Helen Marten, Horizontal Weather (2021), via Sadie Coles
Currently on view at Sadie Coles HQ‘s Kingly Street location, artist Helen Marten presents a body of new works that continue her investigation of a space shaped by participants and her pieces simultaneously, the show here draws on the ancient philosophical metaphor of “the body politic”, taking the allegory of a single individual body into a raging grammatical city, a contemporary projection of systems, agency and the digestion of ideas.
Helen Marten, The Earth good and the stars good (wettings) (2021), via Sadie Coles
Marten, who won the Turner Prize in 2016, has long used her works as a site of accumulation and agglomeration, each piece’s respective forms and functions allowing broader systems and understandings to emerge. For this show, Marten takes an express fascination with this notion, making repeated references to the work as a body, and referencing their cohesion as a body in its own right. The surfaces are emphasized as “a proxy surrogate for arms, legs, stomach, entrails and genitals. Hung cables and conduits interconnect these walls, the whole system forming an economical diagram of a stick figure, the singularity of one body-form extending at gigantic scale across the full spread of the gallery.” Through paintings and sculptural parts, the word T E M P E R is mapped out in numerous subtle repetitions: in the literal composition of structures which form a striking resemblance to letters, and once again in the spelling of the word, dissected over a much extended area on the gallery’s final wall: TE / MP / ER.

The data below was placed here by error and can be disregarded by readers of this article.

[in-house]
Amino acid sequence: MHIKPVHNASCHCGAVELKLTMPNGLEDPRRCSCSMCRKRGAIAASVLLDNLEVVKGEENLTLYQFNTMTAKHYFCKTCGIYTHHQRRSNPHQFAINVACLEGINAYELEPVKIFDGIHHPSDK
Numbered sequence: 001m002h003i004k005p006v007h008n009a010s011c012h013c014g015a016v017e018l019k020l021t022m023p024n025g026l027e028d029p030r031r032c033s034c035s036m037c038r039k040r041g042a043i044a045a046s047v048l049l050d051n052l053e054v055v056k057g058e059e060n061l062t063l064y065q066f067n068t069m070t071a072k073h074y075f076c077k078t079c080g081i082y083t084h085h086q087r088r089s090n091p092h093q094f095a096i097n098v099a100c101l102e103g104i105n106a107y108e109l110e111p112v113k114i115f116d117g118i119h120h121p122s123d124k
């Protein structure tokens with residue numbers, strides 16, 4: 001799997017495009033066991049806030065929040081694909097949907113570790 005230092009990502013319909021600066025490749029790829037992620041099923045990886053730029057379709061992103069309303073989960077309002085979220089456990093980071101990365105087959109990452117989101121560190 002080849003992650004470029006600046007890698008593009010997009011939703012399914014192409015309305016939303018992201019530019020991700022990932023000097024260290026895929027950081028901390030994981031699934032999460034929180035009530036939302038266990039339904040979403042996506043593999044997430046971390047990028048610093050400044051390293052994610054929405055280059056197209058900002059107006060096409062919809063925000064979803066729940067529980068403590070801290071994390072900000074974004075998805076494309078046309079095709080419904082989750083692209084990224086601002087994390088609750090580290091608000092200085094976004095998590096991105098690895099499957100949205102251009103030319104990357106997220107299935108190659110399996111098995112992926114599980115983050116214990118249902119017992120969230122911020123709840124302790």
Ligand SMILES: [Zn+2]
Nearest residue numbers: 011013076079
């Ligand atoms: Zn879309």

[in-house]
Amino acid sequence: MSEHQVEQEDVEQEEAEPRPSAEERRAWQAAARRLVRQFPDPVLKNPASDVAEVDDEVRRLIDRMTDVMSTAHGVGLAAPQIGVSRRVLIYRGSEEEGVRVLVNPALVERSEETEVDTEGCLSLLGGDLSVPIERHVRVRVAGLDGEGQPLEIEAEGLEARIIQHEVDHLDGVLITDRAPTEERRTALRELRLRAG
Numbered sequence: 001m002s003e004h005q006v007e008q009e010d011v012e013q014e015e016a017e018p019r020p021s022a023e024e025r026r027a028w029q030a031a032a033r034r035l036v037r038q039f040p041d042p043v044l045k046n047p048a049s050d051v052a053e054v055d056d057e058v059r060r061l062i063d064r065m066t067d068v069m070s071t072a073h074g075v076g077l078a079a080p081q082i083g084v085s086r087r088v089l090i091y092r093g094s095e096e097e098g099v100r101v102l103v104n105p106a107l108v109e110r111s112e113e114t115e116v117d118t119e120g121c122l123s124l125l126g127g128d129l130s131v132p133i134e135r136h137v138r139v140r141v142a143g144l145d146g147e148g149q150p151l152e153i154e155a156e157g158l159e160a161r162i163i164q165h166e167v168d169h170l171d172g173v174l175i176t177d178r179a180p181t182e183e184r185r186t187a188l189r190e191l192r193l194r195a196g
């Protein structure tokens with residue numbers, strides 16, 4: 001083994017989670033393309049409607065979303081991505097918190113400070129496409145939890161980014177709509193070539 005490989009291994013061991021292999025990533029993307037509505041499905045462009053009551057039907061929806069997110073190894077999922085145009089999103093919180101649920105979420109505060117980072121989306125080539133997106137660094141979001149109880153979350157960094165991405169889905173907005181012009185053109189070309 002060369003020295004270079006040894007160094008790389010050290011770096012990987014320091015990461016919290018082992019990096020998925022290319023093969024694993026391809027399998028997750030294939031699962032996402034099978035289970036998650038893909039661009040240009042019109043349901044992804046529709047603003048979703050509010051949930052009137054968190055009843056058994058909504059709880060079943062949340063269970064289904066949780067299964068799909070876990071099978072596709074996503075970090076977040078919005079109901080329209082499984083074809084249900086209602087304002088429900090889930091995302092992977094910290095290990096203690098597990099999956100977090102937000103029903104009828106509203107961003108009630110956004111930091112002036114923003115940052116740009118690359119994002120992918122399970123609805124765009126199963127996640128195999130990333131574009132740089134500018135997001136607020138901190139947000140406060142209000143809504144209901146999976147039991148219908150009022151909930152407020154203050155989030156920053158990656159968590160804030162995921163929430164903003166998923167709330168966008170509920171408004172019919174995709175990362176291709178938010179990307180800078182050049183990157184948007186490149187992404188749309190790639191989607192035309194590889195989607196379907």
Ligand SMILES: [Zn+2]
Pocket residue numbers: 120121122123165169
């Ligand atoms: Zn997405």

Helen Marten, Untitled (2021), via Sadie Coles
Marten’s work emphasizes the expression and formation of the body, delving into shared functionality (or a lack thereof) throughout each work’s application towards a whole. There’s a distinct mathematics in play here, albeit a subjective one, with the experience of each work tied into a whole in subtle yet distinct manners. One can follow the logic through the lines that dart through works and point to others, creating an interconnected network of material and intention.
Helen Marten, A Tantrum Carved from Stone (2021), via Sadie Coles
It’s difficult to make express connections to notions of networked living in the 21st Century, but perhaps this is the key to Marten’s work here, realizing an imperfect body, one that finds a certain interlinkage of forms and meanings, yet always in negotiation with other forces and meanings. This might explain the frequent allusions to weather and nature that pass through the titles of the works on view. Even in the assertion of a body in space, one must contend with an exteriority, a shared “other” that here takes the form of the natural world’s progression, orbiting the body and serving as the ether that unifies its parts and participants.
The show closes October 30th.
Helen Marten, The Hot Rain (Catchy Weather) (2021), via Sadie Coles
– D. Creahan
Helen Marten: Sparrows on the Stone [Exhibition Site]